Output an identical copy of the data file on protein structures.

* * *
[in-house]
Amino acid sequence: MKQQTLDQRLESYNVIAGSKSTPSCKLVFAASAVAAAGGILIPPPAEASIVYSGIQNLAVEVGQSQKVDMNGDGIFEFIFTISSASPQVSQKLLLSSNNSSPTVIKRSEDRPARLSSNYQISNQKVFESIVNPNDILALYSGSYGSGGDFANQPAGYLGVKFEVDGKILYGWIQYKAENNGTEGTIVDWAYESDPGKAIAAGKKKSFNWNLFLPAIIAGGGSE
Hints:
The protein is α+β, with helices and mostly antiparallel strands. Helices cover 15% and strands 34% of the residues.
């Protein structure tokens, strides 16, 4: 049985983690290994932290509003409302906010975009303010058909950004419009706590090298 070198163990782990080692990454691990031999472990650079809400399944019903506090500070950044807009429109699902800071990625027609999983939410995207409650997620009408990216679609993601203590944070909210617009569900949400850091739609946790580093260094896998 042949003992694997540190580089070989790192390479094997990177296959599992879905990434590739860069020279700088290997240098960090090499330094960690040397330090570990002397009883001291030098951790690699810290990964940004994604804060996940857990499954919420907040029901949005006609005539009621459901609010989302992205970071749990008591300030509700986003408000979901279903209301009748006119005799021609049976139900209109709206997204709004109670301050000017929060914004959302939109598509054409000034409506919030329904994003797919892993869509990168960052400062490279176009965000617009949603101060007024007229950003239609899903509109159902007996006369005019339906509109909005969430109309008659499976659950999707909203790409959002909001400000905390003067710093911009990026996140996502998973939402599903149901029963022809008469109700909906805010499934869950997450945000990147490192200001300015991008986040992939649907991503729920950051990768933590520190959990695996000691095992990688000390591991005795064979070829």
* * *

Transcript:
[in-house]
Amino acid sequence: MKQQTLDQRLESYNVIAGSKSTPSCKLVFAASAVAAAGGILIPPPAEASIVYSGIQNLAVEVGQSQKVDMNGDGIFEFIFTISSASPQVSQKLLLSSNNSSPTVIKRSEDRPARLSSNYQISNQKVFESIVNPNDILALYSGSYGSGGDFANQPAGYLGVKFEVDGKILYGWIQYKAENNGTEGTIVDWAYESDPGKAIAAGKKKSFNWNLFLPAIIAGGGSE
Hints:
The protein is α+β, with helices and mostly antiparallel strands. Helices cover 15% and strands 34% of the residues.
């Protein structure tokens, strides 16, 4: 049985983690290994932290509003409302906010975009303010058909950004419009706590090298 070198163990782990080692990454691990031999472990650079809400399944019903506090500070950044807009429109699902800071990625027609999983939410995207409650997620009408990216679609993601203590944070909210617009569900949400850091739609946790580093260094896998 042949003992694997540190580089070989790192390479094997990177296959599992879905990434590739860069020279700088290997240098960090090499330094960690040397330090570990002397009883001291030098951790690699810290990964940004994604804060996940857990499954919420907040029901949005006609005539009621459901609010989302992205970071749990008591300030509700986003408000979901279903209301009748006119005799021609049976139900209109709206997204709004109670301050000017929060914004959302939109598509054409000034409506919030329904994003797919892993869509990168960052400062490279176009965000617009949603101060007024007229950003239609899903509109159902007996006369005019339906509109909005969430109309008659499976659950999707909203790409959002909001400000905390003067710093911009990026996140996502998973939402599903149901029963022809008469109700909906805010499934869950997450945000990147490192200001300015991008986040992939649907991503729920950051990768933590520190959990695996000691095992990688000390591991005795064979070829």